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Organic Consumers Association

Smart City Governments Grow Produce for the People

There's a new breed of urban agriculture germinating throughout the country, one whose seeds come from an unlikely source.

Local government officials from Baltimore, Md., to Bainbridge Island, Wash. are plowing under the ubiquitous hydrangeas, petunias, day lilies, and turf grass around public buildings, and planting fruits and vegetables instead -- as well as in underutilized spaces in our parks, plazas, street medians, and even parking lots. The new attitude at forward-thinking city halls seems to be, in a tough economy, why expend precious resources growing ornamental plants, when you can grow edible ones? And the bounty from these municipal gardens -- call it public produce -- not only promotes healthy eating, it bolsters food security simply by providing passersby with ready access to low- or no-cost fresh fruits and vegetables.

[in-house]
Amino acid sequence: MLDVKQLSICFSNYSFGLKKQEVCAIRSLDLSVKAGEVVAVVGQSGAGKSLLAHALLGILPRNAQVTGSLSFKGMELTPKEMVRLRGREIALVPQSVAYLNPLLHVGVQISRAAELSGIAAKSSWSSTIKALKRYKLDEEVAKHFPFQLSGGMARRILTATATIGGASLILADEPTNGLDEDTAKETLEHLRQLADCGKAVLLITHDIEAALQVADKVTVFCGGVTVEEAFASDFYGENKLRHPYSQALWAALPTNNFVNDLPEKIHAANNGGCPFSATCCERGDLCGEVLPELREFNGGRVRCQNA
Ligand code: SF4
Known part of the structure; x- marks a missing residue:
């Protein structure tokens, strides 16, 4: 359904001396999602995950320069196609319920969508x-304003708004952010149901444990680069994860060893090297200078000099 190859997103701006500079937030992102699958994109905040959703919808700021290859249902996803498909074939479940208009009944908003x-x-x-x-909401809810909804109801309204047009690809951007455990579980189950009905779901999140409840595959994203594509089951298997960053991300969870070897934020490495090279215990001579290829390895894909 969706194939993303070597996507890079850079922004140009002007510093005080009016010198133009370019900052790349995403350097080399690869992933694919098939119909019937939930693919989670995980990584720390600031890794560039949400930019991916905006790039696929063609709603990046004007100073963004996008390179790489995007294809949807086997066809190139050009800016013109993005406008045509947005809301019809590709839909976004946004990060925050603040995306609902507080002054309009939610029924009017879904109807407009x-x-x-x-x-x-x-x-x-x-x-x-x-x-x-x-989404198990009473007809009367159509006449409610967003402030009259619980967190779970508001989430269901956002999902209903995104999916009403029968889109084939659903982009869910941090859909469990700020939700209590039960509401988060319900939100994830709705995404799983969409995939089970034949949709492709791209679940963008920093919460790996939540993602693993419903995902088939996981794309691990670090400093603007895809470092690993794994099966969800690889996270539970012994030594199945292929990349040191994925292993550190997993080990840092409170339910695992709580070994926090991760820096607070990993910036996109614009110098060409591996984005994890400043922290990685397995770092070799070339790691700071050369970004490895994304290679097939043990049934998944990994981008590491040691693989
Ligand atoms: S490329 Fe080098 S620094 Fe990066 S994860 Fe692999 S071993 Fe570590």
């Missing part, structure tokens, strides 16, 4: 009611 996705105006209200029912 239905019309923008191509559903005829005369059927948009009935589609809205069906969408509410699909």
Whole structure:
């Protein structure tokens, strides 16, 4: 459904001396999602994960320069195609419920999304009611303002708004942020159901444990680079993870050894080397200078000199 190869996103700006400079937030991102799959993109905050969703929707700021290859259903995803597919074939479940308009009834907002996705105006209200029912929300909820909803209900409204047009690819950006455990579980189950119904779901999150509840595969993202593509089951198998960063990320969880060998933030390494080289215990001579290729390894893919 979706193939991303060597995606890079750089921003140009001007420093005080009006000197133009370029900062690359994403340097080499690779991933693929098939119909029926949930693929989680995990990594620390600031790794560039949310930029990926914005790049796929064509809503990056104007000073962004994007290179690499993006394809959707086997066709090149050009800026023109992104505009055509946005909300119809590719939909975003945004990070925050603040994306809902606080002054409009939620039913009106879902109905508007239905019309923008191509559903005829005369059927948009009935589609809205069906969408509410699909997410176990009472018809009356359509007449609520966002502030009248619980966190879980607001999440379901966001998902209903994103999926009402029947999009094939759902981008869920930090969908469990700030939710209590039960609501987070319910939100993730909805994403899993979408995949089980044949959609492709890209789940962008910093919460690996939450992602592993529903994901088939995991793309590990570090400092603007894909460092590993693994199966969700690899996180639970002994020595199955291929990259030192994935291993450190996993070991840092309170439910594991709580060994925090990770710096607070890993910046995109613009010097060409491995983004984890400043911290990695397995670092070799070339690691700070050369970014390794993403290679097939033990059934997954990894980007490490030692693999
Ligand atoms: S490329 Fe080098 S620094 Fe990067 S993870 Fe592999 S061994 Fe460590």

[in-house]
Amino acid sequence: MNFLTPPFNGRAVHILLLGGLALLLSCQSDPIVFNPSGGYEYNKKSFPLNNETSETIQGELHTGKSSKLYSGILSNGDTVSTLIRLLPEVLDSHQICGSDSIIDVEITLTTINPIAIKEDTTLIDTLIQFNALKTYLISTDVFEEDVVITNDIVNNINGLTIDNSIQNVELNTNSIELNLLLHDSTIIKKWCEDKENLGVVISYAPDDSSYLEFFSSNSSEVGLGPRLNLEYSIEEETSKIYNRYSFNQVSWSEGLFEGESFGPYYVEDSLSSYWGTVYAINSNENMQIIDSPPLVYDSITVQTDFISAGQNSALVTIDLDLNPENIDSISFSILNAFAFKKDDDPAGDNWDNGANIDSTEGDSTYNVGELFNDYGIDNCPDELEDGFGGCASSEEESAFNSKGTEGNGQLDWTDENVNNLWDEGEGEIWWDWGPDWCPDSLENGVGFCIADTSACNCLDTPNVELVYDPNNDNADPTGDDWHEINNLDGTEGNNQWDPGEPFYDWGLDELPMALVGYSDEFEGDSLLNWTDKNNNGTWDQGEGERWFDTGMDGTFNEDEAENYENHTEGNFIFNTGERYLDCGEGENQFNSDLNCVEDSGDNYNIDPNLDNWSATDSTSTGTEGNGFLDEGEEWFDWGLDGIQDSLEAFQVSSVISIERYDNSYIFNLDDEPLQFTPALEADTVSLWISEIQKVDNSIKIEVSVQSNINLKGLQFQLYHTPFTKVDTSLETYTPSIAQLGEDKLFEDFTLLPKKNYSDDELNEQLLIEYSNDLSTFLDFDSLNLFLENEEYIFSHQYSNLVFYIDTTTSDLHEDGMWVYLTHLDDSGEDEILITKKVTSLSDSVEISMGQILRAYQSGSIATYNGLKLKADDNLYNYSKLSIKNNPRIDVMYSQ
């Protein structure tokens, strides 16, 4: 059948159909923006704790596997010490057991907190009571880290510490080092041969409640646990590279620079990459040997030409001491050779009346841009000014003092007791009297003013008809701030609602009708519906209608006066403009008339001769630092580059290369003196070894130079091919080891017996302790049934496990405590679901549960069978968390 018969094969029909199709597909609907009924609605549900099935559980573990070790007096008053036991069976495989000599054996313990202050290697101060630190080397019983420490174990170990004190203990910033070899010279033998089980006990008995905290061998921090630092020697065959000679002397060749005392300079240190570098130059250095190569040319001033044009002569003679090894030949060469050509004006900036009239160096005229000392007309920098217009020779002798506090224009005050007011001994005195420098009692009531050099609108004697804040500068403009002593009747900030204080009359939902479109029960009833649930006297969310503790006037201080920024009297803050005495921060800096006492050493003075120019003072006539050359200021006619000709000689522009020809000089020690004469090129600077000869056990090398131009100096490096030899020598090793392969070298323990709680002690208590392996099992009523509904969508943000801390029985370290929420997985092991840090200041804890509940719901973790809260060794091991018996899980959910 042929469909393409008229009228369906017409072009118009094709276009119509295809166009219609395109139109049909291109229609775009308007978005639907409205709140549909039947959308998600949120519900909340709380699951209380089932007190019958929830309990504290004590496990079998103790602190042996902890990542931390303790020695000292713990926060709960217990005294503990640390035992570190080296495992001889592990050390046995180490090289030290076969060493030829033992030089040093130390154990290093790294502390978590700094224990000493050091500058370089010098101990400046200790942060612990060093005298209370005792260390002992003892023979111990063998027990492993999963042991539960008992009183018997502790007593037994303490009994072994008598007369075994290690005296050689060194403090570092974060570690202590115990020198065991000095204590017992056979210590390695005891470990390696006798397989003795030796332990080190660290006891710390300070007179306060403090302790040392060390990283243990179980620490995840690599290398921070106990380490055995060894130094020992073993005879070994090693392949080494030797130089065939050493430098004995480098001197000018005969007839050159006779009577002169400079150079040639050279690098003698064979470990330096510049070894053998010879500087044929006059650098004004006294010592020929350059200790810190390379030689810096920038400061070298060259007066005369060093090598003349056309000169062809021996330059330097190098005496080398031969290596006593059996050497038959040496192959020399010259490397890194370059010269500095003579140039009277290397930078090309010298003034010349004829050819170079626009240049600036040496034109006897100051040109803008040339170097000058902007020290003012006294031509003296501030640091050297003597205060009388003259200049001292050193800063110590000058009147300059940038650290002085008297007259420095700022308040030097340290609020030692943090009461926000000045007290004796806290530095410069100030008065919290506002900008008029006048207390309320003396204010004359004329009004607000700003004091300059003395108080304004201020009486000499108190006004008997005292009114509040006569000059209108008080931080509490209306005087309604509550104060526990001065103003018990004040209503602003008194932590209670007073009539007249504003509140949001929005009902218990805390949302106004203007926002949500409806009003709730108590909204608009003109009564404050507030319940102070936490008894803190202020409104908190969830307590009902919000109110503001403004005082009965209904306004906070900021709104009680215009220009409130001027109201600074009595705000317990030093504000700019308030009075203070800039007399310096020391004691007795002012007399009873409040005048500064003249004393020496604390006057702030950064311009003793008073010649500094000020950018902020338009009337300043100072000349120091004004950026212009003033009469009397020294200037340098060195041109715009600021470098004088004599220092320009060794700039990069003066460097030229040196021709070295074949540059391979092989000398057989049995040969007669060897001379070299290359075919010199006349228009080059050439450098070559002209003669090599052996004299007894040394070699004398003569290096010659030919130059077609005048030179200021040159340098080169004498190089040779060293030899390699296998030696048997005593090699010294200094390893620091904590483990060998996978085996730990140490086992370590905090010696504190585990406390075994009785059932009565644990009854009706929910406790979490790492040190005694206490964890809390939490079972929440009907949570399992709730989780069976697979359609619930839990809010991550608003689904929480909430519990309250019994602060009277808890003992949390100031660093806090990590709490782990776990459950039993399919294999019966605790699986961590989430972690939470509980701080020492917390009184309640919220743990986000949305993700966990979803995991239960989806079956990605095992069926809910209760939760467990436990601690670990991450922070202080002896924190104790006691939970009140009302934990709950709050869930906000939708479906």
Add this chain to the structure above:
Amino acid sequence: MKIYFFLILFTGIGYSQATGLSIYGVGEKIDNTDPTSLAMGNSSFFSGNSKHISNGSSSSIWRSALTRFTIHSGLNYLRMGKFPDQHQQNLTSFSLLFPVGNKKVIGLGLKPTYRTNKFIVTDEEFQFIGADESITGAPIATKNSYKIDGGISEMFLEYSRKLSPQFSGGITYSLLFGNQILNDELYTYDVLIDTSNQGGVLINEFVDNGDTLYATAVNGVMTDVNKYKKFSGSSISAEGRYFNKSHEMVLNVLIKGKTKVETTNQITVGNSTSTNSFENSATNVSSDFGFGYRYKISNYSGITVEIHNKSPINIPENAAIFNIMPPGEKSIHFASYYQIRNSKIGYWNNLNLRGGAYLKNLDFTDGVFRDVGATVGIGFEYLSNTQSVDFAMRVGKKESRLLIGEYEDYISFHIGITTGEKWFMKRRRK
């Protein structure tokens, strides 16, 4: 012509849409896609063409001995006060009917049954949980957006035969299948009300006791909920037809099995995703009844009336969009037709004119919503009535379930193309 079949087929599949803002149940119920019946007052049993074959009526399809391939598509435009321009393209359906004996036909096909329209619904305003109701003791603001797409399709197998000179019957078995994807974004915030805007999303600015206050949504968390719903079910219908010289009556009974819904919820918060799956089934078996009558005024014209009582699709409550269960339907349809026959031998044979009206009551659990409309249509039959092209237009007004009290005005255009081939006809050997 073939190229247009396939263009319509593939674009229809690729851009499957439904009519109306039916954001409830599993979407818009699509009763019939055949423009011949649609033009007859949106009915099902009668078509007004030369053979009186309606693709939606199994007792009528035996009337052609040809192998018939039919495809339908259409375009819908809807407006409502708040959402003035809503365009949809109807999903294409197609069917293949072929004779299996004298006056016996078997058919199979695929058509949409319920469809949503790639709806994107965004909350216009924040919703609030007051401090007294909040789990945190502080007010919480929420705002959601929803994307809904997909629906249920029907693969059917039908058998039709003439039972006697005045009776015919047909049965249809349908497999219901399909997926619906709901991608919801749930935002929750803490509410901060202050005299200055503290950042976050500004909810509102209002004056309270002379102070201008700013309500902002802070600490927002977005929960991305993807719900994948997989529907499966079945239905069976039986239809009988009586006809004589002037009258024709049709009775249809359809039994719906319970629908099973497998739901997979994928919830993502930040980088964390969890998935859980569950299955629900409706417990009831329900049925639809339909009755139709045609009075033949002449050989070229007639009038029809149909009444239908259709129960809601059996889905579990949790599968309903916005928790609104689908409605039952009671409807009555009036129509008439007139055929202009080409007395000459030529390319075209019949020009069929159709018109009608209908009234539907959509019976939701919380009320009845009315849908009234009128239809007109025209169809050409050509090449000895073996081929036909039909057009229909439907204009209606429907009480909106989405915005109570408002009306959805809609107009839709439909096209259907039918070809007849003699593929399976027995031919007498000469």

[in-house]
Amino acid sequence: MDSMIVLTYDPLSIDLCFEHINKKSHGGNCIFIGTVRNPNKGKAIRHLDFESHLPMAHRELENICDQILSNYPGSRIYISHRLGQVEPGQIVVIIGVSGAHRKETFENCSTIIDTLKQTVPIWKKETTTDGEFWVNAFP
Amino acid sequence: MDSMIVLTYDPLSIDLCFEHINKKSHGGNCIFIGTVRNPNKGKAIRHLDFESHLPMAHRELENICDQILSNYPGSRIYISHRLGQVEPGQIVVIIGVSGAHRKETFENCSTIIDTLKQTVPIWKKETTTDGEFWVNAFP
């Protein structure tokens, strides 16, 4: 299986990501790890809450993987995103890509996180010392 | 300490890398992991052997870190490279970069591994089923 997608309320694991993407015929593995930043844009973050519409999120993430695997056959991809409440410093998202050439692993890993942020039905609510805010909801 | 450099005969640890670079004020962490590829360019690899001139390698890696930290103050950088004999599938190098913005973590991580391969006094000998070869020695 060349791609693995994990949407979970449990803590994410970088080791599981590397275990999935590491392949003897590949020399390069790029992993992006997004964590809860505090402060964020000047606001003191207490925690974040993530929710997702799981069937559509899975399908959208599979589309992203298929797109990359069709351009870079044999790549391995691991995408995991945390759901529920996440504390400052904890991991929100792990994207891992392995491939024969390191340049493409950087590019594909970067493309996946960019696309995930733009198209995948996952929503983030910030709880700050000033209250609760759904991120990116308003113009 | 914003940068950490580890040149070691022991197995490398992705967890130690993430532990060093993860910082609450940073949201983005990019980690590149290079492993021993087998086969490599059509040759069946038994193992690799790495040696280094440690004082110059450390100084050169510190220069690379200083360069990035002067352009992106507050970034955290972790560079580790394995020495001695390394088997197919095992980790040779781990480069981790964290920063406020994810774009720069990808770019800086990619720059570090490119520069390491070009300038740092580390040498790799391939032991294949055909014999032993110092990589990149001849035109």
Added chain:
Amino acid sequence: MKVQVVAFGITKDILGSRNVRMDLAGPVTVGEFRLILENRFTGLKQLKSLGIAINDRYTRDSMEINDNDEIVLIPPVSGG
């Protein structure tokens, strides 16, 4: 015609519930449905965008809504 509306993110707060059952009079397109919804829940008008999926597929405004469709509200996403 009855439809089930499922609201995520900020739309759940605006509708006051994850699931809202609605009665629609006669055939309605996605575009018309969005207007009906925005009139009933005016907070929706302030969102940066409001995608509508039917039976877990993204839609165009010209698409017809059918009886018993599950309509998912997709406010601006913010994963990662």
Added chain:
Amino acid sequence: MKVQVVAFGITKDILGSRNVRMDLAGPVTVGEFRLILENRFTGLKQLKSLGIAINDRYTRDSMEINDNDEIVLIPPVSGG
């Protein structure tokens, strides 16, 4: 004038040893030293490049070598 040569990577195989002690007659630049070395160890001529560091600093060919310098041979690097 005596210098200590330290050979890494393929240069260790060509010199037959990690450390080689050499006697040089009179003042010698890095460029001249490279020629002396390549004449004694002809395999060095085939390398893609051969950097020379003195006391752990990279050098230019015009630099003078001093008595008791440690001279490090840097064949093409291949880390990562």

But is this really city government's job?

As long as municipal policymakers strive to create programs to reduce social inequity and increase the quality of life for their citizens, I contend that it is. Access to healthy, low-cost food helps assure the health, safety, and welfare of citizens every bit as much as other services that city governments provide, such as clean drinking water, protection from crime and catastrophe, sewage treatment, garbage collection, shelters and low-income housing programs, fallen-tree disposal, and pothole-free streets.


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